As insurers, we need to understand the unique lifestyles, preferences and mindsets of young people as our up-and-coming clients. To do this, we need to understand how they have developed as consumers, what their needs are, and what they demand from service providers. There is no better way to do this than to welcome them into our ranks and position them as industry representatives who are relatable and who speak the language of their peers,” says Ntokozo.
Motivating the youth to enter the industry has a dual function of stimulating the growth of the market, but also of creating much-needed employment for students and graduates. The youth unemployment rate in South Africa rose to a staggering 62.1% in the first quarter of 2023. Leaders in financial services, as one of the country’s most prominent private sector players, can do much to contribute towards addressing this issue.
Early-stage educational intervention and ongoing training
The key to making a meaningful contribution on this front lies in equipping young learners and students with the right skills and literacy. MiWay’s CSI initiative, the MiHeart Project is committed to achieving this objective. At the foundation of the project’s mission, MiWay has upskilled over 4000 learners in six different schools across the country through the installations of computer labs.
Upskilling and training, coupled with mentorship and skills transfer makes for the “perfect formula for empowering the youth and introducing them to an industry that offers multiple career opportunities in fields such as underwriting, market forecasting, IT, risk management, financial analysis and customer service,” says Ntokozo.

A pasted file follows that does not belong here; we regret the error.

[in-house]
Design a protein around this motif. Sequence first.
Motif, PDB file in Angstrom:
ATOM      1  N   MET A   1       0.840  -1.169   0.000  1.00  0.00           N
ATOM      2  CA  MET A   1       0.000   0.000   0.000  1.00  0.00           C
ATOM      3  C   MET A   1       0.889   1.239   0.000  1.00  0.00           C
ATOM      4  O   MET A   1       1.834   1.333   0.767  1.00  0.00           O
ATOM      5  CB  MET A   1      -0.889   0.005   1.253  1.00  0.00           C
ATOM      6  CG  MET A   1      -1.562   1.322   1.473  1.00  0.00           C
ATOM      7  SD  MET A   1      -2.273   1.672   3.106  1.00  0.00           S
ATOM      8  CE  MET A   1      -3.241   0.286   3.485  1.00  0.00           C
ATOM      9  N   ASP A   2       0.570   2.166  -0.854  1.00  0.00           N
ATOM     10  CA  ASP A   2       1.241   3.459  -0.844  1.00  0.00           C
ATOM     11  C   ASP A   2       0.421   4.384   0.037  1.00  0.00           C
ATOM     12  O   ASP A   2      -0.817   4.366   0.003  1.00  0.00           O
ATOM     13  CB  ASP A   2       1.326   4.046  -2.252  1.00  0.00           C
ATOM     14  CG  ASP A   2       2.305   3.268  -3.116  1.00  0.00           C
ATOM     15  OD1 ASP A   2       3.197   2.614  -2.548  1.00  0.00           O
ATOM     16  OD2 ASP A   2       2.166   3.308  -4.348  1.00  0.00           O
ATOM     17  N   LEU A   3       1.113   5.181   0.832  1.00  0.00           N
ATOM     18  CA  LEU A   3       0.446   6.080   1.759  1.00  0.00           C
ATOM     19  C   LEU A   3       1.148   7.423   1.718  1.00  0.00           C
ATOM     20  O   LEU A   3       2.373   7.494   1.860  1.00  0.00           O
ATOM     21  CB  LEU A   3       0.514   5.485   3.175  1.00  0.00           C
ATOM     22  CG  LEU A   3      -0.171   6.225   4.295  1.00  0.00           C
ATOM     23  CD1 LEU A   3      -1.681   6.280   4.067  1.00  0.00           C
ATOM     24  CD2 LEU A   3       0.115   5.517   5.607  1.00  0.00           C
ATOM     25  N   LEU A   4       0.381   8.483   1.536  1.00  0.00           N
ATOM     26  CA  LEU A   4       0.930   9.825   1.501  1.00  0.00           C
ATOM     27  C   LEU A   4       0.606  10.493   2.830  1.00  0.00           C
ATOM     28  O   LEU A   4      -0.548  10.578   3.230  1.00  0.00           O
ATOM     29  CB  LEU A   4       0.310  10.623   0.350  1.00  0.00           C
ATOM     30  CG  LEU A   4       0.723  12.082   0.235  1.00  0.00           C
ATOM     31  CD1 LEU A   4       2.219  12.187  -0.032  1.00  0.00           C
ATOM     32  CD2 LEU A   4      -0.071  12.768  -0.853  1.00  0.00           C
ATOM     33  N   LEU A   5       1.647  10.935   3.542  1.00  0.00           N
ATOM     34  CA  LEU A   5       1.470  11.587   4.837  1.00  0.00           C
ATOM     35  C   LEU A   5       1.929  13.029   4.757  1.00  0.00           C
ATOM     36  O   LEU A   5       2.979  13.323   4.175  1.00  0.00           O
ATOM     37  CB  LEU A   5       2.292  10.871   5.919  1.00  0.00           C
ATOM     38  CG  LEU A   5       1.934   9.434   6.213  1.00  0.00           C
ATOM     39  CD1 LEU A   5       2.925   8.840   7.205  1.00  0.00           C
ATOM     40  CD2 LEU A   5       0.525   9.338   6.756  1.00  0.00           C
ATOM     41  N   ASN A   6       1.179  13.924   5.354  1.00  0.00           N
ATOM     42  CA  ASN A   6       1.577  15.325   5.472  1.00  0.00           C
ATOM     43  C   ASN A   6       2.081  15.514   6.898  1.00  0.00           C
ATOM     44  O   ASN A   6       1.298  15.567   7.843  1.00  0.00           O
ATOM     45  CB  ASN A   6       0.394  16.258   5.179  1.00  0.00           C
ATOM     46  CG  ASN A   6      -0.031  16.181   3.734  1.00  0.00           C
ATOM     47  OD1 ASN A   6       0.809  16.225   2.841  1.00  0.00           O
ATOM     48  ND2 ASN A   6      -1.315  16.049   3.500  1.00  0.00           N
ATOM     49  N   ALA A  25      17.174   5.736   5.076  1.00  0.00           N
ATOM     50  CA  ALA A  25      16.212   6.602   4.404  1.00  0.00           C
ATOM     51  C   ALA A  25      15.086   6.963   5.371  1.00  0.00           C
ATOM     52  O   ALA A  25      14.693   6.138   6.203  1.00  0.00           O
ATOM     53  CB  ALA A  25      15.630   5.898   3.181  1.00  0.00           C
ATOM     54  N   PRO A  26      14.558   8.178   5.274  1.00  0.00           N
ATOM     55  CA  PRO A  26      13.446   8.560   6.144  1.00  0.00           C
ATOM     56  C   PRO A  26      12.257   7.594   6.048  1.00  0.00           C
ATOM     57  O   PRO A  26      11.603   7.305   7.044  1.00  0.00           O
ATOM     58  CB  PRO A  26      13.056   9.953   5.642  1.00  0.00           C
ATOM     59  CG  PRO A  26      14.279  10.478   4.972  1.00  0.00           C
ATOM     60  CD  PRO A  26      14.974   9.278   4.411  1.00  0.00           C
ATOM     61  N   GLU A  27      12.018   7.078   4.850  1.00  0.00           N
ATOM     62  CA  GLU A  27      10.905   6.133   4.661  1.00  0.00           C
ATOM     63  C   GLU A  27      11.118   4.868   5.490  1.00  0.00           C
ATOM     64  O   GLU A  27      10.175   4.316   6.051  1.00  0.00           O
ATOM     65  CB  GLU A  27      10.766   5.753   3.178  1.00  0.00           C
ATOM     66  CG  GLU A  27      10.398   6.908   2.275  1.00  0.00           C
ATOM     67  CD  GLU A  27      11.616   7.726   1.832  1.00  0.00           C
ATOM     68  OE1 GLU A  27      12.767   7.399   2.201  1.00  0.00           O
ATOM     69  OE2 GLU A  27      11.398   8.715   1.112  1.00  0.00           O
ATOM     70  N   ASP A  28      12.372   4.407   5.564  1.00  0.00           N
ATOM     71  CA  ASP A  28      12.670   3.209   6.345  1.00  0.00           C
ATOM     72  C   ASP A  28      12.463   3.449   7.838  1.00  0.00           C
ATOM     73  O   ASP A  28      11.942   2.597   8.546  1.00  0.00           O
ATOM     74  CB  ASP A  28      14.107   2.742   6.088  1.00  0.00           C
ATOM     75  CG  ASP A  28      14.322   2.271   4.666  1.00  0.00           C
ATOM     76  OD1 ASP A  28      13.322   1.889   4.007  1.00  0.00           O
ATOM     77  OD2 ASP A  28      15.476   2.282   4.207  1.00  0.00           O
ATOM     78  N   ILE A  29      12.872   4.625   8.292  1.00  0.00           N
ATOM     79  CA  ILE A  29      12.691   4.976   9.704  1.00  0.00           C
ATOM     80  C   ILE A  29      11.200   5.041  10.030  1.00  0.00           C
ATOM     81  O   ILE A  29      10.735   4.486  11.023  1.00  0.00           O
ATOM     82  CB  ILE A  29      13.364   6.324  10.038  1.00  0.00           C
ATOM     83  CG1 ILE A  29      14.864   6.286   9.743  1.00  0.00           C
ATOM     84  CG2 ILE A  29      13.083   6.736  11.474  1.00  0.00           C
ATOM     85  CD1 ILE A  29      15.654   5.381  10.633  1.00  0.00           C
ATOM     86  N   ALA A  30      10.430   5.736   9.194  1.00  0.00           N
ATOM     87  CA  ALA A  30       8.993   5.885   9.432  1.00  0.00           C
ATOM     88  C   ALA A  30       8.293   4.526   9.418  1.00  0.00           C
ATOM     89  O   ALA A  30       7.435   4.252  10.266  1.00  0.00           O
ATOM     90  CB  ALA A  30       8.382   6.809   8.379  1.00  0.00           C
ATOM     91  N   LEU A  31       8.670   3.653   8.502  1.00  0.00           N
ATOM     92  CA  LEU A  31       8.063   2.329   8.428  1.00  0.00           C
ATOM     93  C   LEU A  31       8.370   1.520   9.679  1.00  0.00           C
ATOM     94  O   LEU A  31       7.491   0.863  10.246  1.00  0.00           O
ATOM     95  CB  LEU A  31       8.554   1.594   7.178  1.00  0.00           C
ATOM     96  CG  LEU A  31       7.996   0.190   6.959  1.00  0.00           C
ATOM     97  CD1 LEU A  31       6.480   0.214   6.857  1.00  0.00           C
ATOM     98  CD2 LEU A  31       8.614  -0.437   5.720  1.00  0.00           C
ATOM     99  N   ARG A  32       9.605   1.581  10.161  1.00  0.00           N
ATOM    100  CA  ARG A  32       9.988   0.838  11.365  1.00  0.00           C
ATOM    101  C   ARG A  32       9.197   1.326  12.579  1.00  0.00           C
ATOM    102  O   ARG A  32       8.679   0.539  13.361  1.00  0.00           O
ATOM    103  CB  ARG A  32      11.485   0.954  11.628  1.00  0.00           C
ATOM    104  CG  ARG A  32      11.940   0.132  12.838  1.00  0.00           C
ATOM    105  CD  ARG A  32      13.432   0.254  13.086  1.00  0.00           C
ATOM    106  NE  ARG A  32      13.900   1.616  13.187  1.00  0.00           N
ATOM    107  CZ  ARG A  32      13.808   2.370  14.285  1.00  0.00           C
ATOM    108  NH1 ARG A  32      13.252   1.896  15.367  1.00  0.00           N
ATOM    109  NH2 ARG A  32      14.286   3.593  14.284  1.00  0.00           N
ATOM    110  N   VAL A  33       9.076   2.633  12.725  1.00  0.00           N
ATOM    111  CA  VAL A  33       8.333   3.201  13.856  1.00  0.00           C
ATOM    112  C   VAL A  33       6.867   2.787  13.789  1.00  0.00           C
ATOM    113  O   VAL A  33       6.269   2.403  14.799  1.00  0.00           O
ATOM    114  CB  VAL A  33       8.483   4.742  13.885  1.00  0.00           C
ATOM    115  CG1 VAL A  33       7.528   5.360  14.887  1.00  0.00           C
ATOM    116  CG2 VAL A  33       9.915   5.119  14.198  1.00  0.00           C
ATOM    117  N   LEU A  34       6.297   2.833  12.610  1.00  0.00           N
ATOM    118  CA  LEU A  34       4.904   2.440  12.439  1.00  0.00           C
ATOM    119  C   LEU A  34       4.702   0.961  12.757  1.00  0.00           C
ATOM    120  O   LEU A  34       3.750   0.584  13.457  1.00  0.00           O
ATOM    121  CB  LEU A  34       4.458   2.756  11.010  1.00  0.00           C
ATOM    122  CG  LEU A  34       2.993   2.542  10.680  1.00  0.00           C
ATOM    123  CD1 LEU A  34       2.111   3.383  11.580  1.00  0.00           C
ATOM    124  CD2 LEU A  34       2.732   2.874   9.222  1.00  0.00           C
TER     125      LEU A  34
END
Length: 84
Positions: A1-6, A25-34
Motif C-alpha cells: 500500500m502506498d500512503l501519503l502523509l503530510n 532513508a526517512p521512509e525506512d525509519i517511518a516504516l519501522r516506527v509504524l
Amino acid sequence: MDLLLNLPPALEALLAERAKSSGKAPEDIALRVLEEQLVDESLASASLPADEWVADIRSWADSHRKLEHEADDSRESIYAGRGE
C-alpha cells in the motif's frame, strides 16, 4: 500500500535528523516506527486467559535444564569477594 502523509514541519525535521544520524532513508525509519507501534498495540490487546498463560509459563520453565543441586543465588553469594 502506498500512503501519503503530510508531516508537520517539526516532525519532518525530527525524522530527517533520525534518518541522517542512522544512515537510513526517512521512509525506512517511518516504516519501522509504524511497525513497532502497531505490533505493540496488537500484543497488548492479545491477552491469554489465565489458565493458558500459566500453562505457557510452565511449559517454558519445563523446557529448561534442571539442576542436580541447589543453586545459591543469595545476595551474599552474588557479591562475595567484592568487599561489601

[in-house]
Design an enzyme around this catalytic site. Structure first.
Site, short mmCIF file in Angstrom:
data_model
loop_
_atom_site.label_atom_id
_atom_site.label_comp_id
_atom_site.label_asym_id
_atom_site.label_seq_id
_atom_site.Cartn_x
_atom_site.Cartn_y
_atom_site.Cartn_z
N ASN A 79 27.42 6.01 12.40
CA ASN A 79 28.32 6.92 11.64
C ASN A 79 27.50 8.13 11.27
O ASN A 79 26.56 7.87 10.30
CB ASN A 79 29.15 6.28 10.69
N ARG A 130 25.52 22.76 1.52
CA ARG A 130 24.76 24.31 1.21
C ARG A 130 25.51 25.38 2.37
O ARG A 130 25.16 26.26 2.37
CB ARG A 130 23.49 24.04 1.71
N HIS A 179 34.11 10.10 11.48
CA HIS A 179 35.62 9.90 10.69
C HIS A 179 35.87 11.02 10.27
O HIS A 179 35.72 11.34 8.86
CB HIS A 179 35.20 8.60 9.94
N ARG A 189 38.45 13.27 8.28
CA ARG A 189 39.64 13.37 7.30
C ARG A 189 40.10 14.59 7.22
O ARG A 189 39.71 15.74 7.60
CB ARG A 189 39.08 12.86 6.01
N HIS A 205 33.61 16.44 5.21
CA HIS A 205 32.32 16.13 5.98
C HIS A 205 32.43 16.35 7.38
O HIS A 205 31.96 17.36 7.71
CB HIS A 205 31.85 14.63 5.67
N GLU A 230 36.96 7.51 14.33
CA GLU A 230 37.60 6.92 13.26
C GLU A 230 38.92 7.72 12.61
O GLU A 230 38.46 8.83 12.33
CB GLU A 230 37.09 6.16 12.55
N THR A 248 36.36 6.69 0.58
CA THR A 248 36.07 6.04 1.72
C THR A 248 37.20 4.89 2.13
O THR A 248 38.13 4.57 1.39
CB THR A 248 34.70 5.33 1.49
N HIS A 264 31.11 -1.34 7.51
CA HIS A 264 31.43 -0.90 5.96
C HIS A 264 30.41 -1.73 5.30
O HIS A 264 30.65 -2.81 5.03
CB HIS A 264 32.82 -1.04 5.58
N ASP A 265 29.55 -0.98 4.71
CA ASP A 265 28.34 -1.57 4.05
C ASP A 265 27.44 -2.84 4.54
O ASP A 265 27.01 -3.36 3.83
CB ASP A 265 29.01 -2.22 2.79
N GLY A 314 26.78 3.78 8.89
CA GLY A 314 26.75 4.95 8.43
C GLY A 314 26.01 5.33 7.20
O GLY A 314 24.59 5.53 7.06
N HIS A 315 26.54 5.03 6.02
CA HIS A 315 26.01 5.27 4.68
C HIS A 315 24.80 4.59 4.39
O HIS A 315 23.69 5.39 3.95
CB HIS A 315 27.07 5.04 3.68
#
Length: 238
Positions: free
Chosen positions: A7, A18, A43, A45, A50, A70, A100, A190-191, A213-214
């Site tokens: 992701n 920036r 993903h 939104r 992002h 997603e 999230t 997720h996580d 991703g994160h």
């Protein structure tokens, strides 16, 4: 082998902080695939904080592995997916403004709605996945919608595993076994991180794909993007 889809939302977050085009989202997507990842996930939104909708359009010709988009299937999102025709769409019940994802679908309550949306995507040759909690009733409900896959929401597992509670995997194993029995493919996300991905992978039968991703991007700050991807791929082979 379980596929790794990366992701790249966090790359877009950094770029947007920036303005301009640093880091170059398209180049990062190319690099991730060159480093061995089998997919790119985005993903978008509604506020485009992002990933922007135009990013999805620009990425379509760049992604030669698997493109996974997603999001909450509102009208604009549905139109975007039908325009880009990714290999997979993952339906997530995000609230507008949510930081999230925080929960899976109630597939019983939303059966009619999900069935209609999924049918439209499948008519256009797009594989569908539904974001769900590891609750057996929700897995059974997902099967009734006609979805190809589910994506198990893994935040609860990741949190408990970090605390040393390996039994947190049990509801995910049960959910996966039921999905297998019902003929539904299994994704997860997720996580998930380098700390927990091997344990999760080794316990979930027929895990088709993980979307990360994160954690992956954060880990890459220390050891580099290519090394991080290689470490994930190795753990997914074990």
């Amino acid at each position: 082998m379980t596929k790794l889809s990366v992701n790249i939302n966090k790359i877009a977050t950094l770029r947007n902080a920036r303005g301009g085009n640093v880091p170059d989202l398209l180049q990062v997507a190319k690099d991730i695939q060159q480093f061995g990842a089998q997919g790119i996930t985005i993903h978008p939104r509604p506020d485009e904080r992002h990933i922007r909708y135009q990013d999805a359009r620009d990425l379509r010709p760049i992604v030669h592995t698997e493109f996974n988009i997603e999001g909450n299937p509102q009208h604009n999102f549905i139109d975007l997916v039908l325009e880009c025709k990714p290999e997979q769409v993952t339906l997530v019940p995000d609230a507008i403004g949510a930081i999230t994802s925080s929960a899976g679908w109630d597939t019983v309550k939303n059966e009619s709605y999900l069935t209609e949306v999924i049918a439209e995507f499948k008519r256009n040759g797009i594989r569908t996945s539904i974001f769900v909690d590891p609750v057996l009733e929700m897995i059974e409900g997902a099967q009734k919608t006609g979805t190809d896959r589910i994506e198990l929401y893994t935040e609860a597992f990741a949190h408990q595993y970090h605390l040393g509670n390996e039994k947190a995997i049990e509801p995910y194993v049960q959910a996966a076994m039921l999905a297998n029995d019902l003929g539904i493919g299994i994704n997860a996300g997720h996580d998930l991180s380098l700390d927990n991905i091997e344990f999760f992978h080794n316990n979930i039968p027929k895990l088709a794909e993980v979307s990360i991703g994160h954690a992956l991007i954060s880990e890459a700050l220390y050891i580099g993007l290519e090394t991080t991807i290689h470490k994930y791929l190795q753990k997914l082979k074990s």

To this end, the MiHeart Project also features a ‘Leaders in the Making’ mentorship programme which pairs learners with mentors who can provide career guidance, life coaching, knowledge-sharing and skills development. School support is also extended to the MiHeart network of schools to enable the learners to experience education with less needs pending over their paths as possible.
“The Leaders in the Making programme opened my eyes to new opportunities and enabled me to carve my own path. My mentorship network and the opportunities presented to us exposed me to more than just academic growth. I now have a career in the insurance industry, and I am discovering more ways to reach my career goals within MiWay. It’s through the network and ongoing relationship with my mentor that I was able to better understand the insurance industry and find my place,” says Kutlo Mochaoa, MiHeart Alumni and Client Services Agent at MiWay.
As Ntokozo concludes: “Nurturing the youth into career paths in insurance is not a ‘quick fix.’ Rather, it involves a long-term commitment that involves consistent support and ongoing motivation. This is, after all, the best way that we as insurers can ‘practice what we preach’ and apply the same ‘big picture thinking’ for which we advocate.”